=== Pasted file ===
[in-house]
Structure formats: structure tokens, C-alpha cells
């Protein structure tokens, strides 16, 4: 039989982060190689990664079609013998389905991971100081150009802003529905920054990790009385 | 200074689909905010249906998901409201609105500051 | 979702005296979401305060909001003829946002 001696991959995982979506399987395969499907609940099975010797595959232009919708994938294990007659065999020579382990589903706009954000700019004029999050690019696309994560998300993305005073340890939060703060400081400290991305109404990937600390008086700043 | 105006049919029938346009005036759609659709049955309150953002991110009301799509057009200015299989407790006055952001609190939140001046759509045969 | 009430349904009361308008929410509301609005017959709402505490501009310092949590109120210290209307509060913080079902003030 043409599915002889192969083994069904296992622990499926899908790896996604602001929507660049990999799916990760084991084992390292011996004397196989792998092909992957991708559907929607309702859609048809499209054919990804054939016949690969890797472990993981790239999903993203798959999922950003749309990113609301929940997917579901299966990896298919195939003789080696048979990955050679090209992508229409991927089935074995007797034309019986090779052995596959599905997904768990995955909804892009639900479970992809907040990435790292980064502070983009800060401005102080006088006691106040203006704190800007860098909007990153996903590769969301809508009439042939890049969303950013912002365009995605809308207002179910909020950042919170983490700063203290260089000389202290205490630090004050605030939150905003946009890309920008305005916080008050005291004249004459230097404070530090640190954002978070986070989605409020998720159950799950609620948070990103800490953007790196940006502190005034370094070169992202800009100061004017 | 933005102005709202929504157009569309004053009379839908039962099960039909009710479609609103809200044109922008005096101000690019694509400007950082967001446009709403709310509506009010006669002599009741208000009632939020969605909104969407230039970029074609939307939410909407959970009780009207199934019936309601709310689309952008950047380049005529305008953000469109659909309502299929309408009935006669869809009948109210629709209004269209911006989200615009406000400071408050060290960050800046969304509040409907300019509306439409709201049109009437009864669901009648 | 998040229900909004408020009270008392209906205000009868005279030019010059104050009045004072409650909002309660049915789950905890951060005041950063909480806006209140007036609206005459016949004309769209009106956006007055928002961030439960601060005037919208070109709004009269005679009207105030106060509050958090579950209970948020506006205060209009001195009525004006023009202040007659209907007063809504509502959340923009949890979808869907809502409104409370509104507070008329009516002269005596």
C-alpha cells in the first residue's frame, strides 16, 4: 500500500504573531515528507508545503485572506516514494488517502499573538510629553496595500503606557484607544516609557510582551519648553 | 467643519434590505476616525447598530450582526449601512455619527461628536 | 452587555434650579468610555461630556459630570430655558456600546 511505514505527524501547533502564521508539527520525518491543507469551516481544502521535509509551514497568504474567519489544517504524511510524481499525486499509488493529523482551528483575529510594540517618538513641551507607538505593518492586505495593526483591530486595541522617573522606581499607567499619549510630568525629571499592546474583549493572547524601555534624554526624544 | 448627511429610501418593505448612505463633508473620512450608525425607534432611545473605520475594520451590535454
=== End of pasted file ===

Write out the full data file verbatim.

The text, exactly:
[in-house]
Structure formats: structure tokens, C-alpha cells
């Protein structure tokens, strides 16, 4: 039989982060190689990664079609013998389905991971100081150009802003529905920054990790009385 | 200074689909905010249906998901409201609105500051 | 979702005296979401305060909001003829946002 001696991959995982979506399987395969499907609940099975010797595959232009919708994938294990007659065999020579382990589903706009954000700019004029999050690019696309994560998300993305005073340890939060703060400081400290991305109404990937600390008086700043 | 105006049919029938346009005036759609659709049955309150953002991110009301799509057009200015299989407790006055952001609190939140001046759509045969 | 009430349904009361308008929410509301609005017959709402505490501009310092949590109120210290209307509060913080079902003030 043409599915002889192969083994069904296992622990499926899908790896996604602001929507660049990999799916990760084991084992390292011996004397196989792998092909992957991708559907929607309702859609048809499209054919990804054939016949690969890797472990993981790239999903993203798959999922950003749309990113609301929940997917579901299966990896298919195939003789080696048979990955050679090209992508229409991927089935074995007797034309019986090779052995596959599905997904768990995955909804892009639900479970992809907040990435790292980064502070983009800060401005102080006088006691106040203006704190800007860098909007990153996903590769969301809508009439042939890049969303950013912002365009995605809308207002179910909020950042919170983490700063203290260089000389202290205490630090004050605030939150905003946009890309920008305005916080008050005291004249004459230097404070530090640190954002978070986070989605409020998720159950799950609620948070990103800490953007790196940006502190005034370094070169992202800009100061004017 | 933005102005709202929504157009569309004053009379839908039962099960039909009710479609609103809200044109922008005096101000690019694509400007950082967001446009709403709310509506009010006669002599009741208000009632939020969605909104969407230039970029074609939307939410909407959970009780009207199934019936309601709310689309952008950047380049005529305008953000469109659909309502299929309408009935006669869809009948109210629709209004269209911006989200615009406000400071408050060290960050800046969304509040409907300019509306439409709201049109009437009864669901009648 | 998040229900909004408020009270008392209906205000009868005279030019010059104050009045004072409650909002309660049915789950905890951060005041950063909480806006209140007036609206005459016949004309769209009106956006007055928002961030439960601060005037919208070109709004009269005679009207105030106060509050958090579950209970948020506006205060209009001195009525004006023009202040007659209907007063809504509502959340923009949890979808869907809502409104409370509104507070008329009516002269005596």
C-alpha cells in the first residue's frame, strides 16, 4: 500500500504573531515528507508545503485572506516514494488517502499573538510629553496595500503606557484607544516609557510582551519648553 | 467643519434590505476616525447598530450582526449601512455619527461628536 | 452587555434650579468610555461630556459630570430655558456600546 511505514505527524501547533502564521508539527520525518491543507469551516481544502521535509509551514497568504474567519489544517504524511510524481499525486499509488493529523482551528483575529510594540517618538513641551507607538505593518492586505495593526483591530486595541522617573522606581499607567499619549510630568525629571499592546474583549493572547524601555534624554526624544 | 448627511429610501418593505448612505463633508473620512450608525425607534432611545473605520475594520451590535454